Through the fifth century, variations on Rufinus’s account of Helena’s discovery emerged. They offered very different details about the finding of the cross. For example, Sozomen (c. 375-c. 447) suggested that Helena found the cross as a result of some dreams she had. He also said that the Roma Sybil (prophetess) had predicted the finding of the cross.

By the end of the fourth century, a number of writers mention the cross and suggest that the wood had been divided and distributed to churches and church leaders in a variety of locations. Cyril of Jerusalem (c. 315–c. 386) suggested that relics of the wood from the cross could be found throughout the whole inhabited earth (i.e., around the Mediterranean Basin). There are also a variety of documents from this period that were accompanied by gifts of pieces of the cross; usually, these were letters from one prominent church leader to another. The main part of the cross left in Jerusalem seems to have survived until the time Saladin defeated Christian forces at the Battle of Hattin in 1187. Soon afterward Saladin took the True Cross away and it has not been seen since.

The belief that the True Cross had been found and was in the hands of the Church would affect the Church’s liturgy. The Church of the Holy Sepulcher was dedicated in September 335, and by the seventh century a feast of the Exaltation of the Cross was being celebrated as far east as Rome on September 14 in memory of that event. About the same time, a similar feast that recalled the date of Helena’s founding of the True Cross was celebrated in various places on May 3. Both days were later added to the calendar of the western church, though the May 3 celebration was dropped in 1970.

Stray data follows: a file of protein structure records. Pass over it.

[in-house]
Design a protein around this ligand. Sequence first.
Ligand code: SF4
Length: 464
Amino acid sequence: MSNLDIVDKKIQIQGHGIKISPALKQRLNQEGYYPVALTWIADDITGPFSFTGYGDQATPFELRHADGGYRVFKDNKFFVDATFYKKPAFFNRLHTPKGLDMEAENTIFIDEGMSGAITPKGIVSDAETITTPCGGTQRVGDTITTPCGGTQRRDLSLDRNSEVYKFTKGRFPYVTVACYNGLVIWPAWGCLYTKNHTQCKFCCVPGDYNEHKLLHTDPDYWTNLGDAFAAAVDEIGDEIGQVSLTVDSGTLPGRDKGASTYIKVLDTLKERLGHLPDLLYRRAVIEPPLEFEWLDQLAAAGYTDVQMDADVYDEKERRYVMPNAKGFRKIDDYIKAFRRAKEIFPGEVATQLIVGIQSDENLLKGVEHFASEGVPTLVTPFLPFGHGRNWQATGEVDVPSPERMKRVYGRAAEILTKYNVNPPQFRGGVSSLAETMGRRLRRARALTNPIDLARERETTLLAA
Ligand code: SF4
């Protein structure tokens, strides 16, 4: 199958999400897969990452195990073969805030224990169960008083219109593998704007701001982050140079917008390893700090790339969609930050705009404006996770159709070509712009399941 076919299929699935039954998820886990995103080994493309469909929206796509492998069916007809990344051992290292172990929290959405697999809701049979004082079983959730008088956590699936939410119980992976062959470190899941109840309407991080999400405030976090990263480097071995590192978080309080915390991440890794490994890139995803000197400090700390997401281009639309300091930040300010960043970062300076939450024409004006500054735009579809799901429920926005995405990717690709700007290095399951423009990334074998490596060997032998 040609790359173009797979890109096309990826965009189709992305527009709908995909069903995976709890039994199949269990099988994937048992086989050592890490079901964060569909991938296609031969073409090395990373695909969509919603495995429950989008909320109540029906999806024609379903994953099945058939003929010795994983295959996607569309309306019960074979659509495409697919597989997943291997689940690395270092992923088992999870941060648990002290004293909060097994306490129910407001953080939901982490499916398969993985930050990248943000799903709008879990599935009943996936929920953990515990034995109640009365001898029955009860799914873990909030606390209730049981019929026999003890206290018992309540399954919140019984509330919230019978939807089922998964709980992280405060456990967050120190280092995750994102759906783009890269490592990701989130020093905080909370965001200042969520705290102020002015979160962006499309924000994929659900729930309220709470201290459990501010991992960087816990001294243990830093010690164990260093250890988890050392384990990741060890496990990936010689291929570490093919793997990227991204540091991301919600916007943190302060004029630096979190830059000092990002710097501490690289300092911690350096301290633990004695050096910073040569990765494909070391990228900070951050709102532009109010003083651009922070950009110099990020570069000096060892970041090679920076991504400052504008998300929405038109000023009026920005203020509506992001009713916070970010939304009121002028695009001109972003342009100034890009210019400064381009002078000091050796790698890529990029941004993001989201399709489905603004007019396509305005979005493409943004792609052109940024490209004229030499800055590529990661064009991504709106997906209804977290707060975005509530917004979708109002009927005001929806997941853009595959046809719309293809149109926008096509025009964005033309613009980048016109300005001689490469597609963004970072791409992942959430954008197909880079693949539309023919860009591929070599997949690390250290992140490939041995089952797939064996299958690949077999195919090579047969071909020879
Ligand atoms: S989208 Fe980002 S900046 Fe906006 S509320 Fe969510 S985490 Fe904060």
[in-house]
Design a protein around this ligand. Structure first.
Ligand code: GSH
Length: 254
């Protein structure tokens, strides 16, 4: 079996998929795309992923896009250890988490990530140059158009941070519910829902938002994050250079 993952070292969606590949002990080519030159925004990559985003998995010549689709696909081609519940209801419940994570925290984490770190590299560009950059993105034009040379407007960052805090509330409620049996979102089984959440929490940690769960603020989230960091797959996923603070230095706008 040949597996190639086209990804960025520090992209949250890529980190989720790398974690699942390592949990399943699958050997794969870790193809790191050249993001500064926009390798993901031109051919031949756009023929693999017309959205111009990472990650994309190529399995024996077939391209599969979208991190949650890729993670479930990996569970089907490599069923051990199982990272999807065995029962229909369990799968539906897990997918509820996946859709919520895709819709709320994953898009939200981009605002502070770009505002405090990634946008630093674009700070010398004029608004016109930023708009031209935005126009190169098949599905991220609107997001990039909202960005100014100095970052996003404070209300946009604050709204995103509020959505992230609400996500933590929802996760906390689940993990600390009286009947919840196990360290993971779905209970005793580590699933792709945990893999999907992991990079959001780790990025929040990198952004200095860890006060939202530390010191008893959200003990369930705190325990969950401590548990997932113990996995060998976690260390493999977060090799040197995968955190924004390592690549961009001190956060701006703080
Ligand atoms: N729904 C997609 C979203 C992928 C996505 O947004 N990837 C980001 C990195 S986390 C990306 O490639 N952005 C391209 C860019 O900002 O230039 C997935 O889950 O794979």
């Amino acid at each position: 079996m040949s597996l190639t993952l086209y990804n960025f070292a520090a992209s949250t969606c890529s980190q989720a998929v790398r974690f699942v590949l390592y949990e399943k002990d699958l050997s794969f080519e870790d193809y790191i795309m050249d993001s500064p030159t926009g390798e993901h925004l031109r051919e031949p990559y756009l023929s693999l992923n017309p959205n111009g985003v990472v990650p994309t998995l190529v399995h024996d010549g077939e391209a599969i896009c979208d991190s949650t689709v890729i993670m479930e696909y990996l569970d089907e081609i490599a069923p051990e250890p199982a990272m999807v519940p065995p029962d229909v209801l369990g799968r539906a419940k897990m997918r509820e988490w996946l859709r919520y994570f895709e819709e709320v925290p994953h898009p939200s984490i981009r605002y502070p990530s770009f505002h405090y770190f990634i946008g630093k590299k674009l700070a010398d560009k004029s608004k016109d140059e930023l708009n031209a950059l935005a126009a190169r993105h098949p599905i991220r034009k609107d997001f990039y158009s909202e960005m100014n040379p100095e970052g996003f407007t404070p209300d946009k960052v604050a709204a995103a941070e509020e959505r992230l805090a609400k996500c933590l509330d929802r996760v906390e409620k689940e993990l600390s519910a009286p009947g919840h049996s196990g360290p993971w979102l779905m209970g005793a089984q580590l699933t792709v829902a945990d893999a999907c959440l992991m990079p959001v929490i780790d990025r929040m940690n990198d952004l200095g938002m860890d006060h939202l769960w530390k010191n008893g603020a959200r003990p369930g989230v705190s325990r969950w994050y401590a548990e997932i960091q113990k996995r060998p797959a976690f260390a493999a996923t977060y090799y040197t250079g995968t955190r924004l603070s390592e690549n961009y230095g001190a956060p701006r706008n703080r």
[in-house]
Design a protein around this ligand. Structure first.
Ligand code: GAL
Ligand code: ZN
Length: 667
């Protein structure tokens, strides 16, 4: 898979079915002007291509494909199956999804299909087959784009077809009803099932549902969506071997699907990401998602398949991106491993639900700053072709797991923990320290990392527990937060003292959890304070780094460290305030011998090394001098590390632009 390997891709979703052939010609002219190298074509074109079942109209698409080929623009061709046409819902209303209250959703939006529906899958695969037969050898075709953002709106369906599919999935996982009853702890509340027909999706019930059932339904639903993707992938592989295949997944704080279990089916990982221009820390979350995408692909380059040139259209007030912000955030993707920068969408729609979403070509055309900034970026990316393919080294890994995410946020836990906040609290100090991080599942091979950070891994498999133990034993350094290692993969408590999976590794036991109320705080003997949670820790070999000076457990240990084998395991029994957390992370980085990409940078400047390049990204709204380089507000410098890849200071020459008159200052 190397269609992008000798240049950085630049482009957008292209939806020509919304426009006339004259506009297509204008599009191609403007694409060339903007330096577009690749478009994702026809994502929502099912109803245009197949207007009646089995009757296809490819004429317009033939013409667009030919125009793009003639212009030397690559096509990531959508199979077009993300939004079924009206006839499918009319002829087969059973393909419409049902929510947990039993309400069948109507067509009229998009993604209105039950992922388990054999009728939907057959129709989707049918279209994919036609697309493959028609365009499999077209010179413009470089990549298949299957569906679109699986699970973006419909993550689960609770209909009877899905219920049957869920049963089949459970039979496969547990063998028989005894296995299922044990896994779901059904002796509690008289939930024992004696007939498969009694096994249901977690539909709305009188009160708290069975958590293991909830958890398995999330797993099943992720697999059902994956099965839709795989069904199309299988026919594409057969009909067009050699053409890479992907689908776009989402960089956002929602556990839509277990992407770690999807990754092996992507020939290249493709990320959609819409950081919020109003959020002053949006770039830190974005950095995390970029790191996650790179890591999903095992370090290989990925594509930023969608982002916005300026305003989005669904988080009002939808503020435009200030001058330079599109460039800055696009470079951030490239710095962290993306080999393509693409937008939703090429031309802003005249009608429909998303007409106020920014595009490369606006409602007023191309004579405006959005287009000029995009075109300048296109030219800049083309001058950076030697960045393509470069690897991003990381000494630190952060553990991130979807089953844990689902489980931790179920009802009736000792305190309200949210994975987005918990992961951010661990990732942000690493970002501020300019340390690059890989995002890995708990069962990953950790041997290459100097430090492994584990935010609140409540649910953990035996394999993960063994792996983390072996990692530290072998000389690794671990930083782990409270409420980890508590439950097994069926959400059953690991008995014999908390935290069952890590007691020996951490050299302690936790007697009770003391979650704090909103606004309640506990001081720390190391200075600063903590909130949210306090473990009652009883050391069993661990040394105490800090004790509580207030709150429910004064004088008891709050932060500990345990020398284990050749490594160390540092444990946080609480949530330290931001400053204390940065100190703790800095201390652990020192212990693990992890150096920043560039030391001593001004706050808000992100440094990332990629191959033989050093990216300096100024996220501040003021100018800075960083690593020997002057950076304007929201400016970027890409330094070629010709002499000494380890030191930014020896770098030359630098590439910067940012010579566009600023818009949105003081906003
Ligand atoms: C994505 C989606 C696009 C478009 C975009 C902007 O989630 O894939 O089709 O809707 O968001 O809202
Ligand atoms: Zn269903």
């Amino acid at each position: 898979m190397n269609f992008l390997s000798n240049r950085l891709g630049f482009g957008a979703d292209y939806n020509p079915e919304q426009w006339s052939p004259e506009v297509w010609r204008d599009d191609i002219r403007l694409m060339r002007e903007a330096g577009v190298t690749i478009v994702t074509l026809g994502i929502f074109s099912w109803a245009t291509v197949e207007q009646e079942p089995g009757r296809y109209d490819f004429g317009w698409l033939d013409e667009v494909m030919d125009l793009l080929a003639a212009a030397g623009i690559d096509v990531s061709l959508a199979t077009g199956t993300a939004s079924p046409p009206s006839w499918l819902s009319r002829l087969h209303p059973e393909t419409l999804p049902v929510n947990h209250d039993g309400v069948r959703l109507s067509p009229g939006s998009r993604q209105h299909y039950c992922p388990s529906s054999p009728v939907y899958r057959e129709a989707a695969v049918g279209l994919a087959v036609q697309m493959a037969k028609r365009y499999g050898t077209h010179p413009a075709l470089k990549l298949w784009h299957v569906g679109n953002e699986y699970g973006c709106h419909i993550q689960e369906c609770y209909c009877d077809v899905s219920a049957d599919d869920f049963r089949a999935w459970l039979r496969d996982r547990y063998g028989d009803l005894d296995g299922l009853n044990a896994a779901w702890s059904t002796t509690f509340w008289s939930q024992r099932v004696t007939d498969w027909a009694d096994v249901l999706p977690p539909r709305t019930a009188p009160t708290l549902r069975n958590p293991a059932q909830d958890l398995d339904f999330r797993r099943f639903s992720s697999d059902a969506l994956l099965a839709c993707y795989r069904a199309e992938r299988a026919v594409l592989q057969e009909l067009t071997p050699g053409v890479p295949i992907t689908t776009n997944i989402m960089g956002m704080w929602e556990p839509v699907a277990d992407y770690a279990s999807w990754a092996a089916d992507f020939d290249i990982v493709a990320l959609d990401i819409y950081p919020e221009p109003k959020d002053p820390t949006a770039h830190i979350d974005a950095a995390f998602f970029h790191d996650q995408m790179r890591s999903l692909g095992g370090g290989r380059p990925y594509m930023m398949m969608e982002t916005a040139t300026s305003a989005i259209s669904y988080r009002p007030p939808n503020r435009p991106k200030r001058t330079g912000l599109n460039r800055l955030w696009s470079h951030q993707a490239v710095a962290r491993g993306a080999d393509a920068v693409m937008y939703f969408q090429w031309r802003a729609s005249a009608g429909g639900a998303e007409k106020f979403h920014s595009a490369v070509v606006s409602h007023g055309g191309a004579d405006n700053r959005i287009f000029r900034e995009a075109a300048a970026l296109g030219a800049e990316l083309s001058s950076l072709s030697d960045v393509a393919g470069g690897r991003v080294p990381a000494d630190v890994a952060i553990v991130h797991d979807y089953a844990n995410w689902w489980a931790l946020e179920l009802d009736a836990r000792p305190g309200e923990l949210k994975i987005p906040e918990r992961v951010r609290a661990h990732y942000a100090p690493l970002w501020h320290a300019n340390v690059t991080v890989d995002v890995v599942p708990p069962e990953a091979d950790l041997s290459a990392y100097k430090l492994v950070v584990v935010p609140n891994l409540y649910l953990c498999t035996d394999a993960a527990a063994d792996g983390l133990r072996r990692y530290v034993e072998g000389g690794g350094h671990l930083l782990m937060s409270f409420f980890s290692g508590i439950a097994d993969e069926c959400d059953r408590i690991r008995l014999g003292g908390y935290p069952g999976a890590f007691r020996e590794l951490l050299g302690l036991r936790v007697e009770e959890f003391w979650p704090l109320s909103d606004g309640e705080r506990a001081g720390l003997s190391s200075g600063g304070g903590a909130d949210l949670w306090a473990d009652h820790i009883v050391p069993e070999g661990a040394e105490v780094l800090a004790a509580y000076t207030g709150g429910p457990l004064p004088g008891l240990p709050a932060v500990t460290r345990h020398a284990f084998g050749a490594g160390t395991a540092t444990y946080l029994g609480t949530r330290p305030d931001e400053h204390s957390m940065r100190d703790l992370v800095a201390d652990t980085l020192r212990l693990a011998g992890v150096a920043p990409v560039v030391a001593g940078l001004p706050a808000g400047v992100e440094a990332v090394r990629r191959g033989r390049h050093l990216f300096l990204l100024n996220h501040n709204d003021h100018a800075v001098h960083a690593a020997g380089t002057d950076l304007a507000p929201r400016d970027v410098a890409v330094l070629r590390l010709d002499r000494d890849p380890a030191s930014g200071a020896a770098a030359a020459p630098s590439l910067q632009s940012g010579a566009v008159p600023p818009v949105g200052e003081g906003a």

In his attack on the use of relics, Protestant reformer John Calvin (1509–1564) remarked, “There is no abbey so poor as not to have a specimen. In some places there are large fragments, as at the Holy Chapel in Paris, at Poictiers, and at Rome, where a good-sized crucifix is said tohave been made of it. In brief, if all the pieces that could be found were collected together, they would make a big ship-load. Yet the Gospel testifies that a single man was able to carry it.” This is an exaggeration, to say the least, but the quote does carry the emotional reaction to an overemphasis on relics in many parts of the Catholic Church in the sixteenth century. The Protestant aversion to relics in general would be superseded by the historical and scientific attack upon the authenticity of those objects held by the Church as genuine relics. That attack has highlighted the gaps in the records of all of the relics that are believed to relate directly to Jesus and events in the Gospels. In the face of the attacks on the True Cross relics, in 1870 French Catholic scholar Rohault de Fleury published a study of all the known relics that supposedly included part of the True Cross. He concluded that, if brought together, they would contain considerably less wood than would have been in the cross used to crucify Jesus.